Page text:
When I write and publish a new essay, my estimate of how it'll fare
enlivening the space in which
varies from "Damn! This is great!" to being seriously,
majorly concerned it'll be a total, embarrassing fiasco.
Then there's feedback. Feedback, for me, is a major aspect in, a major
component of any and all of these
While I've certainly got my own opinion of what's going to
with them and what's not going to
with them, the truth for me is there's no evidence any of
it actually doesworkuntil someone says it
Oftentimes it's those essays I'm concerned are really
going to be fiascos which, it turns out, receive the most appreciative
feedback. I've considered what accounts for this, this
mismatch between my estimates and actuality.
It's like I'm the guy deep down in the coal mine, chiseling, drilling,
and hammering away at the coal face. I'm sweaty, black (sooty), and
dirty, and it all looks very
from my side, even though I started out with the idea of going down
into the mine to retrieve value. It's only out there when
people who warm themselves by the resulting coal fire (so to speak) say
"Wow! Thanks for this! This
when I realize I can give up my concerns about a fiasco. I guess being
sweaty, sooty, and dirty, with all thoughts of any ultimate value being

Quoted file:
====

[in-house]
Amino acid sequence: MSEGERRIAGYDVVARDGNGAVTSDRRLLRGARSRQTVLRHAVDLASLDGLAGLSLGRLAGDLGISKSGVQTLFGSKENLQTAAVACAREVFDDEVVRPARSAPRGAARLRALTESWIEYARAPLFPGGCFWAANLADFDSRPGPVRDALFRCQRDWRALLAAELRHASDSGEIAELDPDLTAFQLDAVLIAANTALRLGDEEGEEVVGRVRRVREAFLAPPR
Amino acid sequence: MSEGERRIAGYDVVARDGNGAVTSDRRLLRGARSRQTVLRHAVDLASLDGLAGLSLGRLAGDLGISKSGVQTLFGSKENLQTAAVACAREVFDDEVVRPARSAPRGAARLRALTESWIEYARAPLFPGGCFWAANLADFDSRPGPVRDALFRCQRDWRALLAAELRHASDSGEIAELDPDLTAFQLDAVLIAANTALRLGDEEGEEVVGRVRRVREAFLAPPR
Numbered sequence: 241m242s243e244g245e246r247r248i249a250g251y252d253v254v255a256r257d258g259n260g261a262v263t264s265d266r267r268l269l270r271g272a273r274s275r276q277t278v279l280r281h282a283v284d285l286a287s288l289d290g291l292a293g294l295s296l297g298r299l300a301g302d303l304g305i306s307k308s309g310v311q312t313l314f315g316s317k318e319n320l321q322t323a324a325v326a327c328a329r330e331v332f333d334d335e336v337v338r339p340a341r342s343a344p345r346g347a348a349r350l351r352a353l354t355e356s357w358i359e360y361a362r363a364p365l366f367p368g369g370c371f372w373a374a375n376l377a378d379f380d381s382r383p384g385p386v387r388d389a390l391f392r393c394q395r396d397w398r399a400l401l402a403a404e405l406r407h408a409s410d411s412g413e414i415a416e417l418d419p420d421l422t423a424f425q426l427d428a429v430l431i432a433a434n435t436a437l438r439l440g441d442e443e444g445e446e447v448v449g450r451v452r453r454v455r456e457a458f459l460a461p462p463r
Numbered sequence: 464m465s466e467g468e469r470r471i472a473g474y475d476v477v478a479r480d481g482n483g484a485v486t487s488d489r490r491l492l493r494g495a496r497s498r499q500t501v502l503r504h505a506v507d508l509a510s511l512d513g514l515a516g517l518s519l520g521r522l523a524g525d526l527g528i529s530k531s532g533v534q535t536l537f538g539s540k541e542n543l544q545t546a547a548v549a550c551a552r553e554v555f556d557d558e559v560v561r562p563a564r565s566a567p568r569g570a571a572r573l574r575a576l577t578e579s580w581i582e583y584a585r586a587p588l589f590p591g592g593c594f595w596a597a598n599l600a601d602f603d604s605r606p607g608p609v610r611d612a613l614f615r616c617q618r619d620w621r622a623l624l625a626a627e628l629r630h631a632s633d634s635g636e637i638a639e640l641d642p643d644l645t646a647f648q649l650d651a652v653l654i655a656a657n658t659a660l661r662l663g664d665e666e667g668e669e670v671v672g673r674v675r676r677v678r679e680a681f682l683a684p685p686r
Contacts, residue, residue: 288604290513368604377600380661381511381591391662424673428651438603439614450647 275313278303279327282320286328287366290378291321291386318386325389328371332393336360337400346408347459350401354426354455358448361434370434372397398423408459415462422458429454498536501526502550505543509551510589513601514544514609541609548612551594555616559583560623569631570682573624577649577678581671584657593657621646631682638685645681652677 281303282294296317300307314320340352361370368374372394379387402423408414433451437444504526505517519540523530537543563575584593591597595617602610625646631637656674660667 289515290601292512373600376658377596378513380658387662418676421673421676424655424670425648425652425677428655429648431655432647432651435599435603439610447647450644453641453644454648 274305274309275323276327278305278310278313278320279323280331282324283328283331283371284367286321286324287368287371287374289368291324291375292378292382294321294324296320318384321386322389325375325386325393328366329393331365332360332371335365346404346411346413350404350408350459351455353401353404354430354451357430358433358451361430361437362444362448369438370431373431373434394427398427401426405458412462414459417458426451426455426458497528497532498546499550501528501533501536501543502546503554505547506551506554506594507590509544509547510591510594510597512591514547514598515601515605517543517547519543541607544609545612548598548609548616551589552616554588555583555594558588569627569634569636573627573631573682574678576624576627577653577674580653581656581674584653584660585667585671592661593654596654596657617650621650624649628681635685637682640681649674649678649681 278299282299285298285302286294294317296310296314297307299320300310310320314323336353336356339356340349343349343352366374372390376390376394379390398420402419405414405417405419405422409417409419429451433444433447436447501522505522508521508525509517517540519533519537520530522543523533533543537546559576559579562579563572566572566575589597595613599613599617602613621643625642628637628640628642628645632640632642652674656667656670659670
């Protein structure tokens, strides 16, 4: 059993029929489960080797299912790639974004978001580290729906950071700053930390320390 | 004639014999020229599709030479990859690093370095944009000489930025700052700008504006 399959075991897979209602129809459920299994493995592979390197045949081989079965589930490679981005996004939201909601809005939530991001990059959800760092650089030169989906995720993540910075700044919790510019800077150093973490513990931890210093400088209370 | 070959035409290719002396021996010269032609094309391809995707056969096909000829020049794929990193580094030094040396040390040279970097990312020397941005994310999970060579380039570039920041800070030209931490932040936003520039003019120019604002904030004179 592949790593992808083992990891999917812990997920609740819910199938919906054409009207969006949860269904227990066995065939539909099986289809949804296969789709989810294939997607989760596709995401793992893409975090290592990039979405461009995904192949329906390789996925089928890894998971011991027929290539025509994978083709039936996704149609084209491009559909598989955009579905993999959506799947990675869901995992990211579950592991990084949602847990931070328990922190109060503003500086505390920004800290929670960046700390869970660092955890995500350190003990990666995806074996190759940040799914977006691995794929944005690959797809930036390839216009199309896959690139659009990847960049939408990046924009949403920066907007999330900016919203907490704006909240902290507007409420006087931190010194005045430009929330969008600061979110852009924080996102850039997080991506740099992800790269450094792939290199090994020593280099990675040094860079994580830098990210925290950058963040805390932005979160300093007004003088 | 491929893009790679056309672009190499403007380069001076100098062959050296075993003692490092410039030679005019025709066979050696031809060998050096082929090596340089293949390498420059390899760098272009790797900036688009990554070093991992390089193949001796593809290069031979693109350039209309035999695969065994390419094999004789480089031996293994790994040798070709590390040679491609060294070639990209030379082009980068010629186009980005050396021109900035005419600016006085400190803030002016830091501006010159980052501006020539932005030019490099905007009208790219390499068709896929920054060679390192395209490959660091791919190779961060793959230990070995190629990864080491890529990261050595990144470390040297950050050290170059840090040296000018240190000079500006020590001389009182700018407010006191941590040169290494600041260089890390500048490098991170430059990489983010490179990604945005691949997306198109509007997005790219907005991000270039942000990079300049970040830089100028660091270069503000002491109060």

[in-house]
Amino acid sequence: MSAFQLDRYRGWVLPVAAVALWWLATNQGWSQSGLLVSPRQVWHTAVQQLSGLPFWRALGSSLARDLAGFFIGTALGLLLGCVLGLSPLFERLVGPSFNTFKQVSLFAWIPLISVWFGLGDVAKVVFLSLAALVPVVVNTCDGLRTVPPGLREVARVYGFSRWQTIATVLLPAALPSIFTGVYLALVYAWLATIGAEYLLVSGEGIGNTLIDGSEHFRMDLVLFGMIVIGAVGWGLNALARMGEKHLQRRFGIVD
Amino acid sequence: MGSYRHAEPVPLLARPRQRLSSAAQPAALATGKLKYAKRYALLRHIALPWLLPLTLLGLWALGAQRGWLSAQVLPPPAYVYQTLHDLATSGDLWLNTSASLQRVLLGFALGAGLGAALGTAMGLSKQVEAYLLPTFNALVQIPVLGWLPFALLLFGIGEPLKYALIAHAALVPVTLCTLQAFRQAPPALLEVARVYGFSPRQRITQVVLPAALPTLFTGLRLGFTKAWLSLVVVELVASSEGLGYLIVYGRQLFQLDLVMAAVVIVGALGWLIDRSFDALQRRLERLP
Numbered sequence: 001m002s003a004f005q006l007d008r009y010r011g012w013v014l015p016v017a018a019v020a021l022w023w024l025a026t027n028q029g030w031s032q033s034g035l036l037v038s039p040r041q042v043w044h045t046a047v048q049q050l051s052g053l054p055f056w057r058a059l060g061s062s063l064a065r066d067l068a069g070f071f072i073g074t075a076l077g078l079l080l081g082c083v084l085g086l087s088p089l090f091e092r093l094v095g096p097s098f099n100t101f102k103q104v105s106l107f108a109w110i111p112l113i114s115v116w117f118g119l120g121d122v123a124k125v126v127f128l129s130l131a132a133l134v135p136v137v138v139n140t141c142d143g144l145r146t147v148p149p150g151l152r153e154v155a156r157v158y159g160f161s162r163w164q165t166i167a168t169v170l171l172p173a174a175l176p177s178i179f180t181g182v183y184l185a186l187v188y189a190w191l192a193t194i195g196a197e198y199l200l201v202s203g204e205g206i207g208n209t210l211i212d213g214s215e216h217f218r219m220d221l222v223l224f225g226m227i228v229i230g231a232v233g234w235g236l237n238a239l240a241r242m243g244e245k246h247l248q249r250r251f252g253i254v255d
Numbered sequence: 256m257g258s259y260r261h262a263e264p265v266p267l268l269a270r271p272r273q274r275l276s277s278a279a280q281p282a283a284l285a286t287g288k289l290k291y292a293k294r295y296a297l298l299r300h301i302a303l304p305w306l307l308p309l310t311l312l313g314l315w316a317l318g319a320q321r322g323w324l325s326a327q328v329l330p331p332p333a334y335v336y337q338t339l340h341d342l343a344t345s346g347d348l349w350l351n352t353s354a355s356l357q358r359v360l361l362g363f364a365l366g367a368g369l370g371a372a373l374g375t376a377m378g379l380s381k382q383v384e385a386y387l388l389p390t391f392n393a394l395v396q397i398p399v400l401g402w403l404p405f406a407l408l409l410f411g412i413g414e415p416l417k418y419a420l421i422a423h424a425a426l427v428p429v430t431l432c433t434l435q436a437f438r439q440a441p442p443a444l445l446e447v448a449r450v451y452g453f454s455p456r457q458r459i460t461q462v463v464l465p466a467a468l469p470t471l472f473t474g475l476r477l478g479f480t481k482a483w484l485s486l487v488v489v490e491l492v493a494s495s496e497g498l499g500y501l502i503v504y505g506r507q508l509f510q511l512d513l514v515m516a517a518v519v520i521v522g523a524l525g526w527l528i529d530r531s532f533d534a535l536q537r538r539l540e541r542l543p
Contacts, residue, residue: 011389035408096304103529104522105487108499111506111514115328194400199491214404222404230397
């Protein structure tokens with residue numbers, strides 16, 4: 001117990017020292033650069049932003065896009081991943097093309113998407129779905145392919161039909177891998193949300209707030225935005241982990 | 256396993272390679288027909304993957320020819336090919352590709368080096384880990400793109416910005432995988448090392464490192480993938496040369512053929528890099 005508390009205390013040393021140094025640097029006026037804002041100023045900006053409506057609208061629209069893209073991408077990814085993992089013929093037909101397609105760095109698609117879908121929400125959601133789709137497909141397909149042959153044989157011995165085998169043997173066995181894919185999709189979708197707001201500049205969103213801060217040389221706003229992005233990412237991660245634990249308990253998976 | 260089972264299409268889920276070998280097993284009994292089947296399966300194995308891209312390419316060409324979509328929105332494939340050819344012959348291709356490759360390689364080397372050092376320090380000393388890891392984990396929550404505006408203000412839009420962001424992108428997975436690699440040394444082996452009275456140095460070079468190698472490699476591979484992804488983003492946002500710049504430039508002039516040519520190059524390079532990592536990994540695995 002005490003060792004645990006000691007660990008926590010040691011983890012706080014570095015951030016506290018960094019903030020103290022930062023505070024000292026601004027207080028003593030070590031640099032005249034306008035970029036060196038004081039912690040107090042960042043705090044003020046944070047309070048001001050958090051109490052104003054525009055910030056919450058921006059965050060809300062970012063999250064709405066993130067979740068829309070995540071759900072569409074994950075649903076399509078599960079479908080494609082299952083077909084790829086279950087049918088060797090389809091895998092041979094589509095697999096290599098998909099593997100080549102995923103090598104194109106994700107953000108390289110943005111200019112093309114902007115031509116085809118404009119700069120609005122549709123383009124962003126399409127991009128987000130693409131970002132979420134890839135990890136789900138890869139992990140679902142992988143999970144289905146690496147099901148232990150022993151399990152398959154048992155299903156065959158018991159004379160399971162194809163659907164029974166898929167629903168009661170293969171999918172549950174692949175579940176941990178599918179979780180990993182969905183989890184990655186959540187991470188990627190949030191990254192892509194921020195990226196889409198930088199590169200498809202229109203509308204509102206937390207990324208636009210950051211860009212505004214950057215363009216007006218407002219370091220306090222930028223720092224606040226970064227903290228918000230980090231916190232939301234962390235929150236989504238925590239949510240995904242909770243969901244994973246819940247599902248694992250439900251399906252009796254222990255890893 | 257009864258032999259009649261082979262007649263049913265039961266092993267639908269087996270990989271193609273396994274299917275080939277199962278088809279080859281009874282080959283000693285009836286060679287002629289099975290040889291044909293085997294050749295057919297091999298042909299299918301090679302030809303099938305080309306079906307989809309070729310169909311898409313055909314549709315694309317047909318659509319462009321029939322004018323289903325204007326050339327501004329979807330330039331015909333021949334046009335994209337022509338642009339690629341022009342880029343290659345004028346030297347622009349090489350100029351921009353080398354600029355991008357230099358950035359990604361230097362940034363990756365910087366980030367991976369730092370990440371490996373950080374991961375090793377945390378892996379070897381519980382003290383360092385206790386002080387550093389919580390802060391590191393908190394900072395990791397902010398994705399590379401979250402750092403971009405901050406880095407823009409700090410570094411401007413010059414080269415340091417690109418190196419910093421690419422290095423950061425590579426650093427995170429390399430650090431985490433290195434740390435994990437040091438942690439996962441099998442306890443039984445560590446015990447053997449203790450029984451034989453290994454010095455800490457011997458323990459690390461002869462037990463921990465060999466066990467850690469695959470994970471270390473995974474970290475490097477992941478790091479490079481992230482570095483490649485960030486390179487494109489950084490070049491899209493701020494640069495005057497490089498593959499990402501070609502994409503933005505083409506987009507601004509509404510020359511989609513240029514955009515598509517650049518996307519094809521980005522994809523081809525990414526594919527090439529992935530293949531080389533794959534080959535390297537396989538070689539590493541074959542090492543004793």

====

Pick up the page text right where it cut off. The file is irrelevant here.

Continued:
temporarily obscured, goeswith the territory (as
may have said) of mining value deep down in the coal mine up against
the coal face.
On another level, given the foundation, the platform I
stand on is an inspiring partnership among many, many people in many,
many countries who are making
it's probably also true if I just stand here in integrity, this can't
fail - no matter how many faults and flaws
may have, no matter how many faults and flaws I may have.
You know what they say in the classics: just stand up, open your mouth,
and read the dictionary or the telephone directory out loud. It's not
the content anyway. It's never the content.
While I'm committed to staying open to correction and suggestion, and I
do make suggested corrections often and whenever appropriate (that's
the beauty of the internet, by the way, as a medium of expression: it's
flexible and can be changed and updated often, unlike a book, for
example, which once printed, is static, at least until the next
printing), I can't always correct what people point out without
completely trashing the essay in question and starting over again, so I
may chose to leave it
exactly the way it is,
faults and flaws and all.